Letters, web updates, and scenes from the WSU campus.» More ...
The following wineries graciously contributed wine to Washington State Magazine’s 10-year celebration:
Bergevin Lane Vineyards, Walla Walla
Colter’s Creek Vineyard and Winery, Juliaetta, Idaho
DeLille Cellars Incorporated, Woodinville
Doubleback Winery, Walla Walla
Gordon Brothers Cellars, Pasco
Kestrel Vintners Winery, Prosser
Kiona Vineyards Winery, Benton City
Maryhill Winery, Goldendale
Milbrandt Vineyards, Prosser
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Most of you really like us. Some of you don’t. A very few of you (2 percent) ignore us, but hardly anyone outright hates us. That’s the gist of the reader survey many of you recently participated in. Either way, we’re listening. And the most striking point of the survey was that you do indeed read us.
We haven’t done a reader survey in quite a while, not because we’re not interested, but because they’re expensive. There comes a time, however, when an editor needs something a little more systematic, even more than your informal comments and letters, in gauging his readership. Fortunately, that time … » More …
Kudos to Jennifer Sherman for her good article summarizing her research and book about real-life experiences in Golden Valley. It describes the price of economic disaster in a rural atmosphere in a revealing and provocative way.
Moreover, we were struck by the completely unnecessary cause of this disaster in the first place. It seems that the collapse of the timber industry in the Pacific Northwest was “due in large part” to placing the protection of the spotted owl over the welfare and economic well being of the entire human population of not only Golden Valley, but also other communities in the logging territory.
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Professor Cornell Clayton’s article in the winter issue, “Understanding the Civility Crisis” is thought-provoking. However, he betrays the liberal bias common to the majority of today’s college professors. All of the examples he mentions depicting “incivility” in political discourse are attributed to conservative commentators or politicians, as if the right had a monopoly on it.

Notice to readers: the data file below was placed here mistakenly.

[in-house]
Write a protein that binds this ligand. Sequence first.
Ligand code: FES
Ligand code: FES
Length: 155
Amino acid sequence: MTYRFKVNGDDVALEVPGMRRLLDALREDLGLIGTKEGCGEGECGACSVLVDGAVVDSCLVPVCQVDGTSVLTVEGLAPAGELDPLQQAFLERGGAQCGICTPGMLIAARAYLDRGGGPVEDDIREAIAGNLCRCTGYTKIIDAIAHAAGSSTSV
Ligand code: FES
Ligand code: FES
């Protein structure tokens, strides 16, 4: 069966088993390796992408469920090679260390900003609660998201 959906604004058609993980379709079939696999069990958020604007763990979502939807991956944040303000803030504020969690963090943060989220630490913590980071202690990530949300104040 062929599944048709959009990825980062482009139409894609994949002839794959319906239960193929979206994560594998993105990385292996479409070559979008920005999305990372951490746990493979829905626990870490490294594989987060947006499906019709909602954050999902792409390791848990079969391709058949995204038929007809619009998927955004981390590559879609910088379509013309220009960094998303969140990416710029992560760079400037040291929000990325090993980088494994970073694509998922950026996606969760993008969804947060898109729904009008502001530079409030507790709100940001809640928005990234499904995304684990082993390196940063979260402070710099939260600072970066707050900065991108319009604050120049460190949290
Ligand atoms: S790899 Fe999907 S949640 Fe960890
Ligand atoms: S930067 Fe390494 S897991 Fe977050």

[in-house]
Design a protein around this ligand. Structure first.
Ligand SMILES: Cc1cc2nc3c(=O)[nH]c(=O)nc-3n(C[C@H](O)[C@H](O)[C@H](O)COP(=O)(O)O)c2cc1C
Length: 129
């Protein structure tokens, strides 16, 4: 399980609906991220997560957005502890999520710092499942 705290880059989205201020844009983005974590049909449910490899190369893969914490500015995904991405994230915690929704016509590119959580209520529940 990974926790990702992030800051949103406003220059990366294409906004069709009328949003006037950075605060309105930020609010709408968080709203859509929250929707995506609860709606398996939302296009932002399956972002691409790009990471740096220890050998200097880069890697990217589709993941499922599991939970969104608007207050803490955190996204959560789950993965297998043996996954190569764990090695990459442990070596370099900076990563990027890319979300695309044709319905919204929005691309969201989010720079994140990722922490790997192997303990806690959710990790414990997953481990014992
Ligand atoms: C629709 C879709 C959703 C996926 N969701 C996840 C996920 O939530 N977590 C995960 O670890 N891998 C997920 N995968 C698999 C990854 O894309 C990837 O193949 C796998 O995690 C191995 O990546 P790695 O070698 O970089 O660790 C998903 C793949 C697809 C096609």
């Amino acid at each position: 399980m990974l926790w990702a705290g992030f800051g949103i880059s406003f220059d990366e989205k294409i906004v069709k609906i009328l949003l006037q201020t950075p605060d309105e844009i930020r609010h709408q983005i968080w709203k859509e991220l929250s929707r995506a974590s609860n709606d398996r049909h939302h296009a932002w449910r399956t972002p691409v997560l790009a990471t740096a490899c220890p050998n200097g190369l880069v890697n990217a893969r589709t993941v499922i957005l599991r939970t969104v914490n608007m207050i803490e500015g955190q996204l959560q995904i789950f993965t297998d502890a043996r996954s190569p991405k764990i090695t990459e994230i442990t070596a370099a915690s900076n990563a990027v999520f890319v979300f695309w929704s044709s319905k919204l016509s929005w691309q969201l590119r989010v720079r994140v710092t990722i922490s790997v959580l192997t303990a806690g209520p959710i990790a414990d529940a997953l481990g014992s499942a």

Hardly. He fails to mention, for example, the current king of media incivility, MSNBC’s character assassin Keith Olbermann, who regularly violently trashes anything conservative and has in the past called President Bush a liar and told him to shut up. The current climate of political discourse was created … » More …
Architect Rex Hohlbein ’81 sits with clients Jim and Ann in an open sliding window of their home in Clyde Hill, Washington. The Hinoki House, a new view home in Bellevue’s 1950s Clyde Hill neighborhood, is exemplary of what has become known as “Northwest style.”
A hallmark of the house is walls made out of windows which lets in light and views of the trees, pond, and courtyard. In the living room, where the windows slide away, it opens into a stunning view of Lake Washington. There is a comfortable feeling of elegance and peacefulness within, along with … » More …
Avid readers of the New York Times Book Review will undoubtedly recognize the illustration style on the Washington State Magazine Winter 2010/11 issue cover is that of Joe Ciardiello. “Civility in Politics” depicts three prominent WSU alumni at the Washington state capital: State Representative Sam Hunt ’67 (left), Secretary of State Sam Reed ’63, ’68 (middle), and State Senator Linda Evans Parlette ’68 (right).
Representative Hunt represents the 22nd District which includes Olympia and surrounding areas. He is chair of the State Government and Tribal Affairs Committee, serves on the Education Committee and the Ways and … » More …
The cover illustration for Washington State Magazine’s Fall 2010 issue—Cultivated Landscapes—pays homage to Grant Wood’s famous Stone City, Iowa painting of 1930. It was Wood’s first major landscape and is now on permanent display at Omaha’s Joslyn Art Museum. Wood is most closely associated with the American movement of Regionalism and advanced figurative painting of rural American themes in an aggressive rejection of European abstraction.
Stone City, Iowa was painted the same year as his seminal American Gothic. Wood by now had abandoned his earlier Impressionist-inspired … » More …